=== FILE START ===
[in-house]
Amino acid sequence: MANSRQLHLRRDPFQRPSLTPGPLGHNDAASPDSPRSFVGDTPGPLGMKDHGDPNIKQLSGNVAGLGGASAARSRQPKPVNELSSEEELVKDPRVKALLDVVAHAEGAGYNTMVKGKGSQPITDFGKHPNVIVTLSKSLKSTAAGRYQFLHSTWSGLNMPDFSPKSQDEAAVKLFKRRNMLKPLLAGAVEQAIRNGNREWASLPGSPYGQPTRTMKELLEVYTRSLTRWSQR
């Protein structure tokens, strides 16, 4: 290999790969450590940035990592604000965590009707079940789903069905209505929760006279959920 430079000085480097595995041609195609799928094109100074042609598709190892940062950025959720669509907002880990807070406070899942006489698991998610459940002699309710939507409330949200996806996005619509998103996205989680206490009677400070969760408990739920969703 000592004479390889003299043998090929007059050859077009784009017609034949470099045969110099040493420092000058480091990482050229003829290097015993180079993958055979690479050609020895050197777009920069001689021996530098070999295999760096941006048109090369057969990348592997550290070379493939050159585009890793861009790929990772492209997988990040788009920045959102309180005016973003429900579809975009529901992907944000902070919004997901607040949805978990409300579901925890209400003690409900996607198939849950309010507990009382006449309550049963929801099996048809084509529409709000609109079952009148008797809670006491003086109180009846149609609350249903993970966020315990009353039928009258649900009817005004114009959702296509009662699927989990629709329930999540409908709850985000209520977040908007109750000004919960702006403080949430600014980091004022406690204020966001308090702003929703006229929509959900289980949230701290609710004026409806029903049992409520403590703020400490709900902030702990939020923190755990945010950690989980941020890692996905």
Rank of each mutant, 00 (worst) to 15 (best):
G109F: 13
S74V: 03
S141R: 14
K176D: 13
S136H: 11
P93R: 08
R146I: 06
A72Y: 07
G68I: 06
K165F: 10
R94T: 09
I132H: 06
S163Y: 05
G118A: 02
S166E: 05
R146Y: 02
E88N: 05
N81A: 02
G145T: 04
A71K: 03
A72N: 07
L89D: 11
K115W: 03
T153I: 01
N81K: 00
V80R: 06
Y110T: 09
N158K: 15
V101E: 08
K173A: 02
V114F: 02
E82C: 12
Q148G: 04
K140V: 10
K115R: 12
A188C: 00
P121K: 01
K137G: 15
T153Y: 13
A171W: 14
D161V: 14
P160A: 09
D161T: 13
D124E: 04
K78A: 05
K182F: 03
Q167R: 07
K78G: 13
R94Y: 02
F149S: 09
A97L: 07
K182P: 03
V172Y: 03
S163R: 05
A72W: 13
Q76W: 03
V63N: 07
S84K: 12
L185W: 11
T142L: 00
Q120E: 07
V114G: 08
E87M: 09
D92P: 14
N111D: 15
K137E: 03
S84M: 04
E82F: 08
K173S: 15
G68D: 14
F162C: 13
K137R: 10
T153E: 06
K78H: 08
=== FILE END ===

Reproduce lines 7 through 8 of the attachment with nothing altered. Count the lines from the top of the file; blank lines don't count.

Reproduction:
S141R: 14
K176D: 13